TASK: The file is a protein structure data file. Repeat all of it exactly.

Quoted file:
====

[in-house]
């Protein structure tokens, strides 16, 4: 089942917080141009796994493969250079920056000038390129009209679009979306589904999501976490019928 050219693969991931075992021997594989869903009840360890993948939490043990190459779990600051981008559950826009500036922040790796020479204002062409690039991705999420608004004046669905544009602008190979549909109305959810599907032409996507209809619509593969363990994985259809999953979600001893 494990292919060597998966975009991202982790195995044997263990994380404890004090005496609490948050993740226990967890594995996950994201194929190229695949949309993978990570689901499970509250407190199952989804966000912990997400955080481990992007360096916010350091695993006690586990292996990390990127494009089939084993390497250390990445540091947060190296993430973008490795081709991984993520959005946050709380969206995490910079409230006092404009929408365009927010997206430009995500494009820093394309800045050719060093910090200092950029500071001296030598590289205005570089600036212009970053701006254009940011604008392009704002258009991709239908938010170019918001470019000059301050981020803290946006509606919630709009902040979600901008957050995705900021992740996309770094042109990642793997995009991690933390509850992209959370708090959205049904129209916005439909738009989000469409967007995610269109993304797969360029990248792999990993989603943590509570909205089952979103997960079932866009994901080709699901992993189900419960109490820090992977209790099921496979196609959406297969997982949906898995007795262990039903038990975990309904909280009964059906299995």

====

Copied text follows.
[in-house]
């Protein structure tokens, strides 16, 4: 089942917080141009796994493969250079920056000038390129009209679009979306589904999501976490019928 050219693969991931075992021997594989869903009840360890993948939490043990190459779990600051981008559950826009500036922040790796020479204002062409690039991705999420608004004046669905544009602008190979549909109305959810599907032409996507209809619509593969363990994985259809999953979600001893 494990292919060597998966975009991202982790195995044997263990994380404890004090005496609490948050993740226990967890594995996950994201194929190229695949949309993978990570689901499970509250407190199952989804966000912990997400955080481990992007360096916010350091695993006690586990292996990390990127494009089939084993390497250390990445540091947060190296993430973008490795081709991984993520959005946050709380969206995490910079409230006092404009929408365009927010997206430009995500494009820093394309800045050719060093910090200092950029500071001296030598590289205005570089600036212009970053701006254009940011604008392009704002258009991709239908938010170019918001470019000059301050981020803290946006509606919630709009902040979600901008957050995705900021992740996309770094042109990642793997995009991690933390509850992209959370708090959205049904129209916005439909738009989000469409967007995610269109993304797969360029990248792999990993989603943590509570909205089952979103997960079932866009994901080709699901992993189900419960109490820090992977209790099921496979196609959406297969997982949906898995007795262990039903038990975990309904909280009964059906299995």